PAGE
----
- Primer – 3M 94 or Vvivid
- Edge Cutting Tape w filament – WrapCut
- Masking tape
- Tape measure
- Infrared thermometer (optional) – digital thermometer
Applying vinyl takes practice, skill and most of all patience. For large projects, like vehicle wrap installations, we recommend having a second set of hands.
1.) Plan your method of attack. We recommend applying the film to flatter areas first, just because these tend to be simpler and more convenient to get out of the way.
2.) Check to make sure there is nothing hindering your application, such as logos, hood ornaments, and other bulky objects that won’t be wrapped. We recommend researching how these objects stick to the car and the best method of removal.
3.) Using your tape measure, roughly measure the surface of the panel you are applying to, leaving extra material (at least 4-6 inches) on either side.
4.) Unroll the desired amount of film and cut using a utility knife. Try not to unroll or place the film on the floor, as this will leave dust and debris on the film, causing scratches when applying with a squeegee. Inspect the vinyl for any problems (damage, manufacturer’s defects). Once you cut off this first section for the first panel to be wrapped, check if the film is directional or not. This is best to do in the sun or very brightly lit areas. Take the piece that was cut-off and 1/4 turn it and place is beside the roll to see if it is still the same shade or not. If yes, no problems you can turn the vinyl any which way. If there is a difference, that is not a manufacturer’s defect it means you will have to install all the panels on one side in the same direction, without turning the vinyl. Plan ahead!
5.) With someone helping you, carefully remove the backing paper while applying some tension to the film, so that less creases appear. Have that person help you position the vinyl and drape the film over the panel. At this point, ensure that the entire panel is covered without any edges of the panel exposed.
6.) When placing vinyl on moderately curved surfaces, carefully reposition the vinyl in order to create tension over the entire surface.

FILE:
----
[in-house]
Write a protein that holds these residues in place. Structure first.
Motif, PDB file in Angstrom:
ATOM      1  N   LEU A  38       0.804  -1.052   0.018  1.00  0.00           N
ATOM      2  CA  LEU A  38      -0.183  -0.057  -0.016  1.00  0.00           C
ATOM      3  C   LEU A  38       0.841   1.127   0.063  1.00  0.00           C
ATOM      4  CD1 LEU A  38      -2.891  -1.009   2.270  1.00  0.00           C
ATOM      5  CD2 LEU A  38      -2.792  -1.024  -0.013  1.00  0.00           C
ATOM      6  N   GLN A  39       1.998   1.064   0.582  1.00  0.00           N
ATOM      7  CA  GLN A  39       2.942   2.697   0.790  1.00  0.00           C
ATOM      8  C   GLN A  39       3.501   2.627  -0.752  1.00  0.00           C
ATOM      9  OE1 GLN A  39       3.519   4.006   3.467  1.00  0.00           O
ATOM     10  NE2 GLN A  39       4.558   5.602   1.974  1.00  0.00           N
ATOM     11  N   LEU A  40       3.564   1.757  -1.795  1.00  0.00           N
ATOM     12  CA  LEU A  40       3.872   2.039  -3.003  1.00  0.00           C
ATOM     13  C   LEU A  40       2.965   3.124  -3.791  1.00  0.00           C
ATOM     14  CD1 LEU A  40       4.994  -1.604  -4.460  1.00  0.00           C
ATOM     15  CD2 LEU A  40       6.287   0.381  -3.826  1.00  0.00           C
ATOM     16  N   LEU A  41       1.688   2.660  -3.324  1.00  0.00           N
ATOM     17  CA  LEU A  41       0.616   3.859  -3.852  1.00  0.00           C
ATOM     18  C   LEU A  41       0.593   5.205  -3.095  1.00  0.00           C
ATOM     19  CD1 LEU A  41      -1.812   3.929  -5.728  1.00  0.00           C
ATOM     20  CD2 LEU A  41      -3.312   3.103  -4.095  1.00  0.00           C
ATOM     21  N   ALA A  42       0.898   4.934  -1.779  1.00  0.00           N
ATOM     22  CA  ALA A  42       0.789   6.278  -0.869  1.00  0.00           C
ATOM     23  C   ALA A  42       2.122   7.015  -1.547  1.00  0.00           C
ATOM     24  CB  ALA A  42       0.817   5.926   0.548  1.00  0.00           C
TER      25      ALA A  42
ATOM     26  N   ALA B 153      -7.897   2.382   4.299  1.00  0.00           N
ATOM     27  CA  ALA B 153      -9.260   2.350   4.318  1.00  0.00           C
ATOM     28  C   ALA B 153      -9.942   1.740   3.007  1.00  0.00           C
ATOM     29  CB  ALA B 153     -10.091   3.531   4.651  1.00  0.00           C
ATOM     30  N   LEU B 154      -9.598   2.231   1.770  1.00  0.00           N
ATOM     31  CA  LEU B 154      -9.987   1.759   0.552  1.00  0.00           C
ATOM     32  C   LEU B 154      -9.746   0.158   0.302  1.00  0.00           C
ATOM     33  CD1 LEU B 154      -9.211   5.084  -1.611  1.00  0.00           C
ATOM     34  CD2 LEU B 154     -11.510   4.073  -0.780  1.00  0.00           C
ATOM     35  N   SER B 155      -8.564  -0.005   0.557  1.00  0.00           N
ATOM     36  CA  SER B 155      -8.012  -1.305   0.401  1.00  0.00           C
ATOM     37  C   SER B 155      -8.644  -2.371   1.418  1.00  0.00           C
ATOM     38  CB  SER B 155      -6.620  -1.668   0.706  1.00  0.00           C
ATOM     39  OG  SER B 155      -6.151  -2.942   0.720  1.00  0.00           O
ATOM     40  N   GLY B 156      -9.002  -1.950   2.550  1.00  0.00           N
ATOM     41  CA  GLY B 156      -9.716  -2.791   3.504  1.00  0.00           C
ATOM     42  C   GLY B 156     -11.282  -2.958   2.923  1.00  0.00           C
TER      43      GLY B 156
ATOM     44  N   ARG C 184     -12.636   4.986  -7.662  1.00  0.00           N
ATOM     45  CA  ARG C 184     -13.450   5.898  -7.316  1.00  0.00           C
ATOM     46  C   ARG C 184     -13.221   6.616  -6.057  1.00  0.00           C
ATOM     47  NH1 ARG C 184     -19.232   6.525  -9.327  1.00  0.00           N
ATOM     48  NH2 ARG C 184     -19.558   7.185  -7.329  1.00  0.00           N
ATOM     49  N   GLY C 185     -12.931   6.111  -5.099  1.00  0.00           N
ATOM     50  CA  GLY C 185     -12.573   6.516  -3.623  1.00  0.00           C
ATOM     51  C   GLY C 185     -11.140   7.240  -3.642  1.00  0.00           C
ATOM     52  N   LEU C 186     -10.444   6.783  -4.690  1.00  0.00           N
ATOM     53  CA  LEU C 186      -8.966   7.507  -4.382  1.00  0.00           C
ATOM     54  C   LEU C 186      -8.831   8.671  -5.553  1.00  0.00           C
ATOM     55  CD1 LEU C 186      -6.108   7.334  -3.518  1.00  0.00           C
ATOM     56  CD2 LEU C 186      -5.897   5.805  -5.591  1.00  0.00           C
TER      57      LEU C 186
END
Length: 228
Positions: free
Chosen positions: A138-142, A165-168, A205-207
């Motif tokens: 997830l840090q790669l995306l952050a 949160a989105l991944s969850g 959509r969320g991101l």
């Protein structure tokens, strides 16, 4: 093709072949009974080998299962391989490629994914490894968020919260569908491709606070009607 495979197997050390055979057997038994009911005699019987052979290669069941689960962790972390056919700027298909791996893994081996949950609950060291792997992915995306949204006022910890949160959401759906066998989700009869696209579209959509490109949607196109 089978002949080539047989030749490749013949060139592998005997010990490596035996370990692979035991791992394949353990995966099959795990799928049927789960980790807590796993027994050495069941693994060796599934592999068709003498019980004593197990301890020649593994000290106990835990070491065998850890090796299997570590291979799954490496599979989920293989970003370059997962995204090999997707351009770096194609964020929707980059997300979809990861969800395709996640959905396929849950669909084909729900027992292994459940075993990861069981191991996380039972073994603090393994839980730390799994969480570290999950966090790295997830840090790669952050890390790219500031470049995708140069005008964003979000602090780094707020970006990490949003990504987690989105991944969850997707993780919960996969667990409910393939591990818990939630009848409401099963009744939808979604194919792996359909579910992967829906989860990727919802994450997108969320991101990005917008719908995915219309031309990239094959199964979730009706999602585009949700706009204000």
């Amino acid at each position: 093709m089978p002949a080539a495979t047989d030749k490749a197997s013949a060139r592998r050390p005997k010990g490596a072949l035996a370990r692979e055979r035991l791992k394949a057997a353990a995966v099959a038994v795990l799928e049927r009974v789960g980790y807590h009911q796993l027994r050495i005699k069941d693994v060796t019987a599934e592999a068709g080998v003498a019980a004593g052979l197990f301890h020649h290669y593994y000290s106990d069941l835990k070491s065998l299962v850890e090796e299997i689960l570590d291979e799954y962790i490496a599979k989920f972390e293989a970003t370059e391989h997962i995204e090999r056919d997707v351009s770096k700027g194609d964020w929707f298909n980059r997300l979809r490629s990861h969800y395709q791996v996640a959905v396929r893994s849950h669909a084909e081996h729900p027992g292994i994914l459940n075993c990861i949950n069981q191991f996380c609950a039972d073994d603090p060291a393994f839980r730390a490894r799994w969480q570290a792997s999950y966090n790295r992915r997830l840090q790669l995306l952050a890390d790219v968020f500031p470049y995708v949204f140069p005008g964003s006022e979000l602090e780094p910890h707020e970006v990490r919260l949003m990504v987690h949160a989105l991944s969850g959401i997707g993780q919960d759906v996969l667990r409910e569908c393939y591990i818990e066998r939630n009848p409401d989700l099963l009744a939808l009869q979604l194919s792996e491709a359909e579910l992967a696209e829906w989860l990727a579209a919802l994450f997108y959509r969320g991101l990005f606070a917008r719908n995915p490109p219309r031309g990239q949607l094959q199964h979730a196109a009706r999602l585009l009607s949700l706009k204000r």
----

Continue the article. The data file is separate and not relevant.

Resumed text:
Visually identify the center of the panel. This will be your starting point.
Once you have a starting, peel back the liner and place the vinyl wrap onto the target surface. Make sure your material is larger than needed for easier handling.
Using moderate pressure on your squeegee, apply the film while pushing out trapped air from beneath starting from the middle outward.
In every swipe, make sure to overlap the preceding swipe by a quarter to ensure that all air has been removed from the area.
Using felt or an edge buffer will help limit installation damage when applying pressure. If you don’t use the correct amount of pressure, you risk leaving air trapped behind the film. To see if the right pressure is being used, use a heat gun on an installed surface, if bubbles apear, use more pressure.
Another great way to see how VVIVID® films work is by installing it on a piece of glass and understanding how the air-release channels work according to the pressure you are using.
CURVED SURFACES – DEALING WITH CONFORMING AND WRINKLES
On curved surfaces, you will inevitably encounter some folds or creases on the film. Reposition the film with tension to avoid creases when installing.
- When needed, heat the film to soften and conform it to the shape.
- It is critical not to overheat the film. This can lead to losing the texture or luster of the film.
- Every film has a different tolerance to heat and we suggest testing how much heat the material can tolerate before application on test pieces.
- At one point, folds or creases slowly transition into what’s known as “crow’s feet”. If you chop at these, they will flatten and become permanent wrinkles. Simply lift the film slightly and gently apply heat until wrinkles shrink away & disappear, then re-apply.